• We used the CUSTOM_USER_ROLE_ADMIN user provided by the RISE team to create a second account. This second account had privileges to create custom roles; in this case we created a custom role that allowed the POWERPLAN user to select and trigger on tables under SAPHANADB schema.
  • We then configured the Remote Data sources using the HANA Adapter type.
  • Lastly, we created all the Replication Tasks, as shown below in Figure 2.

Figure 2 – Replication Tasks

Figure 2 - Replication Tasks


Problems Encountered, and Solutions – Tips for You

Here are some issues that we encountered, along with the steps we took to resolve them. Both the issues and solutions are applicable to any replication scenario. We hope you find this information helpful.


Tip #1: Double-Check Roles and Permissions

When creating the replication task for table CSKT, we got an error message that was not at all friendly. It turned out to be related to a lack of authorization on the RISE S/4 side, although this was not immediately apparent.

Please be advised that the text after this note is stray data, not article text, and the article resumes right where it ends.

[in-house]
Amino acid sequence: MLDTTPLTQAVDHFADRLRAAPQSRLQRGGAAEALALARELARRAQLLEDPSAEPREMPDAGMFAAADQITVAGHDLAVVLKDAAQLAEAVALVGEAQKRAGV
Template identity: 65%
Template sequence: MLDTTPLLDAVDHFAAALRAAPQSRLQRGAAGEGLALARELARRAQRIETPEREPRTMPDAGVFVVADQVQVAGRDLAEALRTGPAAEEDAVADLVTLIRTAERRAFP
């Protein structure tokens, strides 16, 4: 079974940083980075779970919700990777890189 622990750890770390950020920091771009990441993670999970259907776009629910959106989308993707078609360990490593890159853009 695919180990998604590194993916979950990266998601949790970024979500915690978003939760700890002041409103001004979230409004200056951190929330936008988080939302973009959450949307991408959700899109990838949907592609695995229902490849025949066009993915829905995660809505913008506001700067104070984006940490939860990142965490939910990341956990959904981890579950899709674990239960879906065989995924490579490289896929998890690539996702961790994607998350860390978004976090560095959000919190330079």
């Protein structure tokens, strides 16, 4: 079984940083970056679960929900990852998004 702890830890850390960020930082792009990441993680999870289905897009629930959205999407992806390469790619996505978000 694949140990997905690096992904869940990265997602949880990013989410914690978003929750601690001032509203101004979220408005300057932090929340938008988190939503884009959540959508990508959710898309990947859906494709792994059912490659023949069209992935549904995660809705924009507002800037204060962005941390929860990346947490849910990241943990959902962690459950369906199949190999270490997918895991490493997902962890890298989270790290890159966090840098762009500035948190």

In this specific case we did not grant TRIGGER for SCHEMA SAPHANADB. In case you encounter anything similar, check the Data Provisioning (DP) agent error log file (framework_alert.trc) located in /&AGENT_HOME/log for all low-level error messages.


[ERROR] [af0655b3-9254-4ded-a552-e8ebb5a25eab28968] HanaAdapterDelegate | ExceptionUtil.newAdapterException [] – Failed to add the first subscription. Error: Required privileges and/or roles not granted to the database user [POWERPLAN]. Missing privileges and/or roles are [TRIGGER ON [“SAPHANADB”.”CSKT”]]. Required privileges and/or roles not granted to the database user [POWERPLAN]. Missing privileges and/or roles are [TRIGGER ON [“SAPHANADB”.”CSKT”]].


Tip #2: Reset the Subscription After Making Changes to Replication Task Properties

If you want to change a replication task, either changing the client or any other property, the subscription needs to be reset first.

We received an error while activating the replication task as follows: